In the health and fitness circuit, one thing that has garnered the attention of people of all groups is that of wearable fitness trackers.
You can walk in a park in your locality and see at least a couple of joggers with an activity tracker wrapped around their wrists. While some use them to track their daily steps, calories burned and sleep patterns, some solely wear activity trackers to make a fashion statement.
Come on, you can’t just deny this. If you happen to be one of those fitness gear snobs out there, then you are most likely to possess a Fitbit if nothing else.
But did you know that wearable fit tech of yours can track your activity status throughout the day and night and hence also help predict flu outbreaks in real-time? We are not saying it, a latest study is.
Here’s what the study suggests
According to The Lancet Digital Health, sleep and heart rate data from wrist fitness trackers can alert public health officials of real-time flu outbreaks more accurately than already existing surveillance methods.
From March 2016 to March 2018, researchers from the Scripps Research Translational Institute studied the data from 200,000 users in New York, California, Texas, Illinois and Pennsylvania.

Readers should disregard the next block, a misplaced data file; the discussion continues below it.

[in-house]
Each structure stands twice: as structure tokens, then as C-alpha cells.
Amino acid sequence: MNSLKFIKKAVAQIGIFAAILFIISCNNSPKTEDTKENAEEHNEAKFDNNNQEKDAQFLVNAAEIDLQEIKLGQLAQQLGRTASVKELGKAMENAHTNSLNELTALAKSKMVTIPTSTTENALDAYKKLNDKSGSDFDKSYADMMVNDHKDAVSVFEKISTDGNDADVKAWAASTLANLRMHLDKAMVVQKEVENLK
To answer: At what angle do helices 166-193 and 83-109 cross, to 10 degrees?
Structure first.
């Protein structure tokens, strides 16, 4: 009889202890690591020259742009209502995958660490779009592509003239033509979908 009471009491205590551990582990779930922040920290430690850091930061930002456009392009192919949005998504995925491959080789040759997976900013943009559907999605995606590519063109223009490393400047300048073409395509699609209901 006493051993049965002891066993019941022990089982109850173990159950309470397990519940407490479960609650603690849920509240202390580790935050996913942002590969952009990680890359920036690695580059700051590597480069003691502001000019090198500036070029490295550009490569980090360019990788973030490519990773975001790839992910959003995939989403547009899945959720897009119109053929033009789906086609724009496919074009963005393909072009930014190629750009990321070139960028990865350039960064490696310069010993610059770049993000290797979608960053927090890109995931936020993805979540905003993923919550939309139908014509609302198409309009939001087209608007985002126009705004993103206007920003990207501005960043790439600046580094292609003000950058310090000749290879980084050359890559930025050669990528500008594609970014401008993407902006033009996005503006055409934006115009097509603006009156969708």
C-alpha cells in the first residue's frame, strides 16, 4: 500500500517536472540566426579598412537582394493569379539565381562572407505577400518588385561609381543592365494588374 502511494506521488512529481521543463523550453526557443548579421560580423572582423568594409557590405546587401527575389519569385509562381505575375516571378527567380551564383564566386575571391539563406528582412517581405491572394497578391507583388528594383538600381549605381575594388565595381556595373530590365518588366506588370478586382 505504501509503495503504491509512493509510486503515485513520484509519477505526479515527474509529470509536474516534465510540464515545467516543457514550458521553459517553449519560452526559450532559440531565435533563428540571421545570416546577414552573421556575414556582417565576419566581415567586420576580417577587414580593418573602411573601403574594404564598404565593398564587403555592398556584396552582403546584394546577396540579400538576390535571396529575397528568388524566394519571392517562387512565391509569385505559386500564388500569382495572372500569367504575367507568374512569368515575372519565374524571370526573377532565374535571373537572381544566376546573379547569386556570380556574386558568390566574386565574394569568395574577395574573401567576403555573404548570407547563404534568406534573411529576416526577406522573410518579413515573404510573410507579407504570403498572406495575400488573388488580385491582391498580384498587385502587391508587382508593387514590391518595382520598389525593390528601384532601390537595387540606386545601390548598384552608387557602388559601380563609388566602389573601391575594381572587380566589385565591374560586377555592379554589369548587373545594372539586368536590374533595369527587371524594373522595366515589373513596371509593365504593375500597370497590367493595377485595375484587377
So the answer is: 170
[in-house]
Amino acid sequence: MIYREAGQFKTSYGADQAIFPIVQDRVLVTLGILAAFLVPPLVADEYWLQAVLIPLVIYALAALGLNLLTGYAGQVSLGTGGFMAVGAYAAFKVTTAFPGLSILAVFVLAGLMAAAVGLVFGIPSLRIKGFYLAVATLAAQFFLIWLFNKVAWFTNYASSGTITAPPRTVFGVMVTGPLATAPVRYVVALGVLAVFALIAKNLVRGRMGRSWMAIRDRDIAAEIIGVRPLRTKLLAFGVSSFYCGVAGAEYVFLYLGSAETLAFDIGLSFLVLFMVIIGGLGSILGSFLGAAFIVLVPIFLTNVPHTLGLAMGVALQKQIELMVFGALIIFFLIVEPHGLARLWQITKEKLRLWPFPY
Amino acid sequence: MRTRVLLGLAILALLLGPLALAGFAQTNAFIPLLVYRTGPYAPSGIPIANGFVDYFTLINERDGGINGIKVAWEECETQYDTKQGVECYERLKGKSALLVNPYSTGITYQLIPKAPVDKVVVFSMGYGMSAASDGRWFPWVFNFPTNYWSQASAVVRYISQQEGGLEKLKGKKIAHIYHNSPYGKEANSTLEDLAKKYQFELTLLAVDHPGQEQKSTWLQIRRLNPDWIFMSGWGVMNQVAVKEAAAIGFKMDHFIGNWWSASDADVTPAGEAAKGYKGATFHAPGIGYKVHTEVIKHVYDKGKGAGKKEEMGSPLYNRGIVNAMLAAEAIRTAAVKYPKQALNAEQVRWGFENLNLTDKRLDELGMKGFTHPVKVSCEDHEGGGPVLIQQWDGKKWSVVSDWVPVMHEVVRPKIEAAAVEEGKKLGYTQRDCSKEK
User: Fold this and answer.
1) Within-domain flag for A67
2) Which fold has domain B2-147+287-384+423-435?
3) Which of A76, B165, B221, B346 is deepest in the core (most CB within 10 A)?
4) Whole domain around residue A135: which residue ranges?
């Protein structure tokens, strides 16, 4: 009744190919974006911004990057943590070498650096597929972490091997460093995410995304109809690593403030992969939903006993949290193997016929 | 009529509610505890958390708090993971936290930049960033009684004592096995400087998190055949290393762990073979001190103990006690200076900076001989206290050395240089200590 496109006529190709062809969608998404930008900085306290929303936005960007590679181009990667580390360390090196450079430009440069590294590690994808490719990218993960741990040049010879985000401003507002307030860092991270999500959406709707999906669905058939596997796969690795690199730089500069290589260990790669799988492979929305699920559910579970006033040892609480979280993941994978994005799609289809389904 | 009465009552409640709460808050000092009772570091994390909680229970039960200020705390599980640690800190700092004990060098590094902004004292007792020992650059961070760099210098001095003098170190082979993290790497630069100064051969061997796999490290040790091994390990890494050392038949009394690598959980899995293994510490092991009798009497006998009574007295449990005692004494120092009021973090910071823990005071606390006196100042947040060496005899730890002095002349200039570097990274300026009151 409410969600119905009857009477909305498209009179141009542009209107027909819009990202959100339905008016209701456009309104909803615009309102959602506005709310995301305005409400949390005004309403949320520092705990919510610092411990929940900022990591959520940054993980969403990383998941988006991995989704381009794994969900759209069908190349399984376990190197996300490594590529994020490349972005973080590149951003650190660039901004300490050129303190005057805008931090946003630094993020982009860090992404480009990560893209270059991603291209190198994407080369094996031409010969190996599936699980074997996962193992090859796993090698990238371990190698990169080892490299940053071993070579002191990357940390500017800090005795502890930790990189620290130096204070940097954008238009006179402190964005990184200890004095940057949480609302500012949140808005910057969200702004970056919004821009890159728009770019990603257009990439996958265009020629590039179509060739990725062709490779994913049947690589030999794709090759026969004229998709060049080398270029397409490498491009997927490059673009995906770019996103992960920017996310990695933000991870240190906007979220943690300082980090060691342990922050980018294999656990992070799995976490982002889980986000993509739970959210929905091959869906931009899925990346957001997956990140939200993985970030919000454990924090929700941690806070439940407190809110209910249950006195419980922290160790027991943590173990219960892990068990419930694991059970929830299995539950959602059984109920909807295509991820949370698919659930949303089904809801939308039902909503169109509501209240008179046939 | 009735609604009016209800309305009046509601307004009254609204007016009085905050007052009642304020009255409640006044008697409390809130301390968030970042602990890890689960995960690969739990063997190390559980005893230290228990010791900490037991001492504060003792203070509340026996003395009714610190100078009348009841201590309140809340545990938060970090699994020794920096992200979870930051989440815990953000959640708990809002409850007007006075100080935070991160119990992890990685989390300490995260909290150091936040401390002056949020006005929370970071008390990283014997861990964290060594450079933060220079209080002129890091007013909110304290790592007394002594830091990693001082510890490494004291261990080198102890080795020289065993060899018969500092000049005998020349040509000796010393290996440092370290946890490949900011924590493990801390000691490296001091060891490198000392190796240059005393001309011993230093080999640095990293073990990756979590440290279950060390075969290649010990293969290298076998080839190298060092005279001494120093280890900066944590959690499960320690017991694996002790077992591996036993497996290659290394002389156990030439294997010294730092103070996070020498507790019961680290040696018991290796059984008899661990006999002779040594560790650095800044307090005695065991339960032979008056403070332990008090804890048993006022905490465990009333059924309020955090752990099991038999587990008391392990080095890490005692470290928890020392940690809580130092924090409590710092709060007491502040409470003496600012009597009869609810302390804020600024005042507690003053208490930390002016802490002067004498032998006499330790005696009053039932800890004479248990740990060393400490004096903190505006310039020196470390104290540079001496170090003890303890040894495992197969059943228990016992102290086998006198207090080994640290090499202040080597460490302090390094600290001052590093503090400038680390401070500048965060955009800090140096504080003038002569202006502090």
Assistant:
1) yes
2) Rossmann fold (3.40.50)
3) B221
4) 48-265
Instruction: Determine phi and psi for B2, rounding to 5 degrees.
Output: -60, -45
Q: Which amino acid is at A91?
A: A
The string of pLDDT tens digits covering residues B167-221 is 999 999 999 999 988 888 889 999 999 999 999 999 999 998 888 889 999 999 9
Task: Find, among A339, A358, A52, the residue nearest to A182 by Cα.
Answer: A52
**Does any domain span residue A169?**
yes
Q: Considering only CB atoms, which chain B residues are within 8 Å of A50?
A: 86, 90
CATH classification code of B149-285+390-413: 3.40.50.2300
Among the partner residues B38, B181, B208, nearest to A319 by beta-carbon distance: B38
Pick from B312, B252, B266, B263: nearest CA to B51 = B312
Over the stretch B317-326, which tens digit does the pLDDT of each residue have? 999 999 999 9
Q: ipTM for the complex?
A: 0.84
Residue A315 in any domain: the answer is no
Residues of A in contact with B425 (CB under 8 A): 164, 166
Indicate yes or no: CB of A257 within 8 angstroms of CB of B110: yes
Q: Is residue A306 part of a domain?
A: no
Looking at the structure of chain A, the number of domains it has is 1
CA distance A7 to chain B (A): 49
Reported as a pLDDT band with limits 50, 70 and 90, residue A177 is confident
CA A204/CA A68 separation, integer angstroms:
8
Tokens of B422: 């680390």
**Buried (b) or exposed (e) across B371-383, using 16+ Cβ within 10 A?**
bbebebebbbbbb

Among all the participants, 60% were female and the average user was 43 years old. Of the total participants of the study, 47,248 of them consistently wore a Fitbit device during the study period.
The heart rate of a person tends to rise and their sleep patterns also change when he/she has flu. On the basis of this, the researchers calculated users’ average sleep duration and resting heart rate, and then looked for any deviations.
If their weekly average sleep was not below their overall average and average weekly heart rate was significantly above their overall, it was flagged as abnormal.
The weekly estimates for flu-like illness provided by the U.S. Centers for Disease Control’s were compared with the above drawn data. The study concluded that fitness trackers can be considered as a disease surveillance tool.
But the question remains: will such a thing work in India?
While a lot many people here in India do use fitness trackers, but no significant data is collected by any organisation in particular who can analyse the intricacies of such a study and draw concrete conclusions over it.
In fact, stringent data laws by the Health Ministry also proposes that data collected by hospitals and healthcare be secure with total control in the hands of the individual.
So, will the Fitbit revolution be able to prevent epidemics in India? Only, time will tell.